Trump plan finished, but not sealed, and still being tweaked

According to the sources, the drafters of the document are taking into consideration both the realities on the ground and input they are receiving from various quarters.

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May 16, 2019 03:15
2 minute read.
Benjamin Netanyahu and Donald Trump

Prime Minister Benjamin Netanyahu and US President Donald Trump meet in Washington, on March 25, 2019. (photo credit: AMOS BEN-GERSHOM/GPO)

 
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The Trump administration’s Mideast peace plan, while written, is not a closed and sealed document – and is being tweaked as new information comes in, according to diplomatic sources.
 
According to the sources, the drafters of the document – Trump’s senior adviser and son-in-law, Jared Kushner; Jason Greenblatt, special representative for international negotiations; and US Ambassador to Israel David Friedman – are taking into consideration both the realities on the ground and input they are receiving from various quarters.
 
The sources, however, seemed confident that the plan will indeed be presented, even though voices have been raised encouraging the administration not to present the plan if it has no chance of success.
 
Former IDF chief-of-staff Gadi Eisenkot reportedly told Greenblatt at a meeting last week that there could be a violent escalation in the West Bank, and that this is something that the administration should take into consideration when deciding on presenting the plan.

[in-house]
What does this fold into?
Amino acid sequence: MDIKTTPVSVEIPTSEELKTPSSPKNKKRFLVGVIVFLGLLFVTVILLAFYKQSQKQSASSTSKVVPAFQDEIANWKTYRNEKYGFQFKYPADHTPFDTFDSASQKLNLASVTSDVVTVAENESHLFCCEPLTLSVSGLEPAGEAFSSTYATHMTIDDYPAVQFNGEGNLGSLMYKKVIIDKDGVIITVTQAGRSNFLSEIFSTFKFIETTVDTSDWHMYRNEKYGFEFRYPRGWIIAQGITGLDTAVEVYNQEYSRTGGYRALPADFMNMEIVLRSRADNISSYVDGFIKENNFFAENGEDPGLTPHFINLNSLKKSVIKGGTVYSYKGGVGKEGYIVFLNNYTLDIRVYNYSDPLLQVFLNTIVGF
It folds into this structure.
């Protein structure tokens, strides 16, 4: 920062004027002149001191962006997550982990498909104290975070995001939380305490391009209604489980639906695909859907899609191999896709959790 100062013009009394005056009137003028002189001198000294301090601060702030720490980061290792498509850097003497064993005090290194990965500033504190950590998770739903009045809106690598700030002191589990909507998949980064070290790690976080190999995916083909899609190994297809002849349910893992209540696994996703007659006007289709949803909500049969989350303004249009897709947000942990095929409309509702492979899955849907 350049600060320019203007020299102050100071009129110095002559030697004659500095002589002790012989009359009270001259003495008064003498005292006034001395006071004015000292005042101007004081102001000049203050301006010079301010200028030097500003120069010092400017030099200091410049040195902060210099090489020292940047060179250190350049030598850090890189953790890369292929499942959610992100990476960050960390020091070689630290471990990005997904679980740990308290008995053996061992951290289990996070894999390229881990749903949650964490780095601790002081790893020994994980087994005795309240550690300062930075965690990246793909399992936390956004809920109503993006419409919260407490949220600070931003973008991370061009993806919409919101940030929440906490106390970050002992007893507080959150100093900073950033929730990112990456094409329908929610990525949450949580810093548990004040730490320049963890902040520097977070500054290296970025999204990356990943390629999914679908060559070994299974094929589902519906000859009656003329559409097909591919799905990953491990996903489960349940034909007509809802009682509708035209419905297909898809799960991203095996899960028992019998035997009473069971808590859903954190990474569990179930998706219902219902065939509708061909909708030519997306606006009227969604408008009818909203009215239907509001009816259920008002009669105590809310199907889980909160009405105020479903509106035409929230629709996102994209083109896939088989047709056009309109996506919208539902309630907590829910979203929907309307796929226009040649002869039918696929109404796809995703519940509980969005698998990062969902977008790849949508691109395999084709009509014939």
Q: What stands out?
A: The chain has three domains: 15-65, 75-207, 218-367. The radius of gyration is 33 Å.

Kushner said last month that the plan would be presented after Ramadan, which ends on June 4, and Greenblatt said last week that it will come after Shavuot, which ends in the Diaspora on June 9.
 
The draft document is reported to be nearly 200 pages long, and – as Kushner said last month – it is an “in-depth operational document” that shows what we think is possible, how people can live together, how security can work, how interaction can work and, really, how you try to form the outline of what a brighter future can be.”
 
Though the plan has been in the works for more than two years, very few details of it have emerged, beyond that it will provide concrete proposals to dealing with the core issues of Jerusalem, refugees, borders and security arrangements. It is also expected to have a heavy economic component, relying on support from the Arab world, in an effort to improve the lives of the Palestinians.
 
Vague statements that the plan will be released after Ramadan and Shavuot – without any exact date given – have triggered speculation that the plan, delayed so often already, may not ever be released, though diplomatic sources involved in the process said this was not likely.
 
Greenblatt, in an interview on Friday with Majalla – a Saudi-owned, London-based weekly that appears online in Arabic, English and Farsi – said: “There will never be a perfect time to try to make peace, but the status quo does not work for anyone – people are suffering; the region is suffering.”  

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